WELLINGTON: New Zealand Prime Minister Jacinda Ardern said on Monday a legal loophole that allowed an Islamic State-inspired militant who carried out a supermarket attack to remain free would be closed off with new laws by the end of the month.
Police shot dead hamed Aathil Mohamed Samsudeen, 32-year-old Sri Lankan Ahamed Aathil Mohamed Samsudeen moments after he launched his stabbing spree at an Auckland supermarket on Friday.
Samsudeen was known to authorities for about five years and had spent the equivalent of three years in jail over that period for offences including possession of objectionale materials, possession of dangerous weapons and failing to assist police in exercising search powers.
Authorities repeatedly tried to keep Samsudeen in prison or deport him, but were stymied by the country’s current laws.
Samsudeen was last released from prison in July. Ardern said a Counter Terror Legislation Bill already under review in parliament, which criminalises planning and preparation that might lead to terror attack, will be expedited.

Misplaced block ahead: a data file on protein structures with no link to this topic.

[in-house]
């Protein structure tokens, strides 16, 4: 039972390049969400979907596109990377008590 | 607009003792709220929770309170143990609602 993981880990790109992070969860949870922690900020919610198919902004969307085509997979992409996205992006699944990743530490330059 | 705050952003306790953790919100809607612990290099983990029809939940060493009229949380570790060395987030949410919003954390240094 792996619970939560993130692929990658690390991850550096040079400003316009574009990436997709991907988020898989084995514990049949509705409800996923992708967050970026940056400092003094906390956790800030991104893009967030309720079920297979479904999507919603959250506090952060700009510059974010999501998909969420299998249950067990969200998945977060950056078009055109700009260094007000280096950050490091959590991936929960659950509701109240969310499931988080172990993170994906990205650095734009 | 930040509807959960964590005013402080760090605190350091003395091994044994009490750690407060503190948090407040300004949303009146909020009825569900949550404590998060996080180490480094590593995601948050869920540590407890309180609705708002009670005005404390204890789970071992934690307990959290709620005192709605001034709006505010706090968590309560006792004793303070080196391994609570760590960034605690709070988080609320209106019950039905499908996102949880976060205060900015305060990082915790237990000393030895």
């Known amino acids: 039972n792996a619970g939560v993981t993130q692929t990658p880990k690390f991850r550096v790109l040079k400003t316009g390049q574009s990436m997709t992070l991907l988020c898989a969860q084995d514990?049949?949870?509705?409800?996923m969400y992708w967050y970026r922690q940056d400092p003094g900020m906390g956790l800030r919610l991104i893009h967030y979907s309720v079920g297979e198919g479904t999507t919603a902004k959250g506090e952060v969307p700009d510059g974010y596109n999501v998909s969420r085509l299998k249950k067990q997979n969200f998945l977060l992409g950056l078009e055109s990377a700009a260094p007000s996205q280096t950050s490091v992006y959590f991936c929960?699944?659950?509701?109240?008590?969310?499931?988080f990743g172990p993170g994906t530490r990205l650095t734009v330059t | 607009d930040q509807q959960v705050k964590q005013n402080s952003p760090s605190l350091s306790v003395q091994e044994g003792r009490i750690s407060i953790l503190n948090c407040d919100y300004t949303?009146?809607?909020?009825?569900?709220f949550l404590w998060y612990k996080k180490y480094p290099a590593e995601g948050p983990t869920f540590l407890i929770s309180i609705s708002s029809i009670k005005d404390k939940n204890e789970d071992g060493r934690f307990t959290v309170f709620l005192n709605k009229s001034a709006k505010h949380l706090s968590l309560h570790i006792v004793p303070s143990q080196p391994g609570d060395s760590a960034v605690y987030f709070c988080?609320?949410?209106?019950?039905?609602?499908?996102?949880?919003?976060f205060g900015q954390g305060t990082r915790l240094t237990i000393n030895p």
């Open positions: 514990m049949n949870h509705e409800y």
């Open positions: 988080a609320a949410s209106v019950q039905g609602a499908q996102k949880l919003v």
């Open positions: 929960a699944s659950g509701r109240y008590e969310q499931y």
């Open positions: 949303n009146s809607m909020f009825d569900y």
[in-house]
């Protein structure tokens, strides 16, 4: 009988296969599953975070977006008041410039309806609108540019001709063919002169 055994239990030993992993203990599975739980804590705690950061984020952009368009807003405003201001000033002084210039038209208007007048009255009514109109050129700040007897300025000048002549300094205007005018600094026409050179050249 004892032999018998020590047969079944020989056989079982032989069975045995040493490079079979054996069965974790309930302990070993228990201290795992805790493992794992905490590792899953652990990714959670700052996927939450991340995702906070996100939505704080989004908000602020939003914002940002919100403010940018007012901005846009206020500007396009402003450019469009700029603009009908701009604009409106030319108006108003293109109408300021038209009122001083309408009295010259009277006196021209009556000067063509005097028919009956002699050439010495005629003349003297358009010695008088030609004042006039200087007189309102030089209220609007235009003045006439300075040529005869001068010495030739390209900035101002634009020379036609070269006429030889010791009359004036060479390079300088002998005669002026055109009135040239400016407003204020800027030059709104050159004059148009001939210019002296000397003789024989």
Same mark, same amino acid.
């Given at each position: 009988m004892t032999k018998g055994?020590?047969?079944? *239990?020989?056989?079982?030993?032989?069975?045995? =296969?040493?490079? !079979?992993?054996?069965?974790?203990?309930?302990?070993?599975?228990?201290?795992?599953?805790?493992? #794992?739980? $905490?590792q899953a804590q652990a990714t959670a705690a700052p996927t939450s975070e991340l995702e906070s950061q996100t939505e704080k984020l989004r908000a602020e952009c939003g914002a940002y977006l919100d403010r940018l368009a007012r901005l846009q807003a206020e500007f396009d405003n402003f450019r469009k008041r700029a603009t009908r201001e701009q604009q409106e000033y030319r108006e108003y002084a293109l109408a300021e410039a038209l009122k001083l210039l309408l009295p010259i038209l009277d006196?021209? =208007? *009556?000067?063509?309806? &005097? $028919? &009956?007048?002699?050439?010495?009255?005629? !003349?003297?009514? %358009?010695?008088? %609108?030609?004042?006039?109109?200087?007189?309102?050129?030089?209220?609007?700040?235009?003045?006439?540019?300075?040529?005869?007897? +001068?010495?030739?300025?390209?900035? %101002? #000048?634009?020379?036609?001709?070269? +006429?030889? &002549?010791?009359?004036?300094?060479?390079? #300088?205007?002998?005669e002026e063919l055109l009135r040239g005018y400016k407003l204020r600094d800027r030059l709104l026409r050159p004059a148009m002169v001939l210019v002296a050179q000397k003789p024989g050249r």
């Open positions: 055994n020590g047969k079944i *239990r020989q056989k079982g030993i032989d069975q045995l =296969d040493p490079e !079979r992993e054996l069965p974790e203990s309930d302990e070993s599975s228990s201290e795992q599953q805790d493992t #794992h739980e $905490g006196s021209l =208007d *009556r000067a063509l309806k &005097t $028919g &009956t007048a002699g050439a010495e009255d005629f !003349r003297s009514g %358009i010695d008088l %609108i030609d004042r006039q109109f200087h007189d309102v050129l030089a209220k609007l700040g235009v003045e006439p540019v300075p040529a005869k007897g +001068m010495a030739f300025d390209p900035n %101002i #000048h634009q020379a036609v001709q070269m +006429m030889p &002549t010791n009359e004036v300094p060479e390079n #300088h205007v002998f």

“We are still working to have that legislation passed before the end of the month,” Ardern said at a news conference.
“The really helpful thing is it has already gone through substantial public consultation so people have already had their say and we haven’t needed to rush that process,” she said.
Now what we will do is go through that procedural process in parliament a little quickly.” Samsudeen had fraudulently secured refugee status, Ardern said, and his status as a “protected person” barred his deportation to Sri Lanka.
Amnesty International said Samsudeen’s case involved both civil and criminal proceedings and touched on several
“A complex case like this should not be used to make blanket law in the heat of the moment,” said Amnesty International Aotearoa New Zealand Executive Director Meg de Ronde.
“Especially law that has the potential to harm vulnerable people or restrict civil liberties. Big decisions should not be rammed through during times of crisis.”
Ardern acknowledged that New Zealand had international obligations but said the incident made clear the laws needed to be revised.